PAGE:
With Tretikov's departure, the hard work of getting back on track lies ahead. It would be too easy to pin the problems of Tretikov's tenure entirely on her, when her appointment and leadership drew strong and sustained support from the Board of Trustees. The Board has now chosen an interim ED, and has chosen well. It should now take steps to ensure that its search for a long-term ED attracts good candidates, and doesn't drag out.
1. The Board should rethink the job description of the long-term ED. The official document has not been updated since 2008, and much of the trouble of the past two years can be traced to the version circulated in 2013, which emphasized technical and product development skills as the top qualification. The single most important quality for the Foundation's executive director should be an ability to work with broad and diverse groups of stakeholders. This skill is not unique to Wikimedia; it also applies to jobs like running a university or a hospital system, or working for change in a broad social movement. Neither technical proficiency nor Wikimedia experience should be regarded as requirements; and removing them from the "must-have" list will allow the foundation to cast a wider net and improve the candidate pool.
2. The Board should clearly establish that the interim ED position is not a fast-track to the long-term position. While it may be tempting to ease the search for a long-term ED, what the movement needs from an interim ED is a laser focus on re-establishing short-term stability and order. It's possible that a transition from interim to long-term will make sense, but a decision like that is an important one, and should only be made with eyes wide open, with other solid candidates in serious consideration.
3. The Board should set up the next long-term ED for success. Steps that would support this goal include:
Changes to Board composition: Are there members of the Board whose approach to the last job search, and/or whose engagement with the departing ED, pointed things in the wrong direction? If so, it might be best for them to step aside and make room for other Trustees to try a different approach. Although several new Trustees have been appointed recently, the ones who appear most closely tied to the problems of the last six months remain.
Optimize the hiring process: How are candidates recruited? How are they moved through the process? How are they evaluated? The organization can't afford to miss good candidates, or to lose them during an onerous or erratic interview period. It's important to define and maintain a consistent hiring process, to clearly identify who will narrow the field and make the final decision, and generally to respect candidates' time and effort.
Evaluate what went wrong: The Board should thoroughly and publicly debrief the recent crises. Not only will this serve candidates for the position by enlightening them to the history and the challenges they may face, but it will serve to clear the air around the conflicts that led to Tretikov's resignation. When Wikimedia UK raised eyebrows through relatively benign activities, the Foundation ordered a review by an external consultant. The Foundation should heed its own advice, and invite expert critique of its practices.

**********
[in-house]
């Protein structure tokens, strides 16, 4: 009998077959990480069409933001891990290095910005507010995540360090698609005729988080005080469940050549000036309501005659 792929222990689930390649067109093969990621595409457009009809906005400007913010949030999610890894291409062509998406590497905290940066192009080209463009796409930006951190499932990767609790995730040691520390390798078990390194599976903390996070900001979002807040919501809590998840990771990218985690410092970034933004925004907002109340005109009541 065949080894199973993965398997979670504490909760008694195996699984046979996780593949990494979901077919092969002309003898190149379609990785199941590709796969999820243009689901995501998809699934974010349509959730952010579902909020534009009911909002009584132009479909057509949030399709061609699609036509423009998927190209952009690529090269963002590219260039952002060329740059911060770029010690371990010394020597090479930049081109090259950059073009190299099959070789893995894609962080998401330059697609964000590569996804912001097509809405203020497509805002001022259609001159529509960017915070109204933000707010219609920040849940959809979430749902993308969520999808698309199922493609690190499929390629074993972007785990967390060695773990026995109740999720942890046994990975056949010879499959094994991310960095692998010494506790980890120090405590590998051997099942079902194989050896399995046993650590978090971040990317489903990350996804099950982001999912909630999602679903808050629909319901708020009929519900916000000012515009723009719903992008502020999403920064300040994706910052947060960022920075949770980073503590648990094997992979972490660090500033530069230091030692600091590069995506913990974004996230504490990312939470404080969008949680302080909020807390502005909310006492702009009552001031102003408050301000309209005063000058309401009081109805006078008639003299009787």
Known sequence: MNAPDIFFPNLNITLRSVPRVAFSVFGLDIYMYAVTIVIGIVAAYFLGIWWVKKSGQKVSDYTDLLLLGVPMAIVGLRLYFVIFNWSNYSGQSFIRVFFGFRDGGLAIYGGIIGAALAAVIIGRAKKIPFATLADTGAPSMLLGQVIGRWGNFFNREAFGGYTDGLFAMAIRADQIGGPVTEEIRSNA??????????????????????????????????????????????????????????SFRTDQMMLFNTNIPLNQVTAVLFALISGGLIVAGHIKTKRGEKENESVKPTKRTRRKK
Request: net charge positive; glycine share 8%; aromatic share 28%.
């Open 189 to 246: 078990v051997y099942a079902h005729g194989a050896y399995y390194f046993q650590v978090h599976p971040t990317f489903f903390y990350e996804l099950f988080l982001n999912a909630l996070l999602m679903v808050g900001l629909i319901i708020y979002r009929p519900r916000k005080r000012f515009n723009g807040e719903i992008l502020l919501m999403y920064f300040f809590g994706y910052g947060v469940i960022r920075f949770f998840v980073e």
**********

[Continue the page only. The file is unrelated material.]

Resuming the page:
4. The Foundation should continue its efforts to build a strategic plan and annual plans. It should pay particular attention to the dynamics that caused so much strife in recent months and consider whether adjustments to these documents would minimize the risk of similar problems. In recent months, a number of staff have expressed concern about frequently shifting strategic goals. A clear strategy can be a vital tool to help staff, various organizations, and numerous volunteers align their efforts and sustain a sense of shared purpose. And a good way to establish alignment is to build in community participation from the beginning: the Foundation knew this in 2010 when it ran the previous process, and the approach has been endorsed in a recent Harvard Business Review paper. The current draft of the organization's strategic plan appears to be a strong step in the right direction.
Recent communication among the Wikimedia volunteer community and staff has been thoughtful and diplomatic. Even when critical, there has been a focus on forward progress and improvement. I am hopeful that this ethos can survive, and that as a movement, we can return to the spirit of collaboration and service that has brought us together.
Pete Forsyth has been a Wikipedia editor since 2006 and runs a Wikipedia training and consulting business, Wiki Strategies. He worked for the Wikimedia Foundation from 2009 to 2011. The views expressed in this editorial are the author's alone and do not reflect any official opinions of this publication. Responses and critical commentary are invited in the comments section.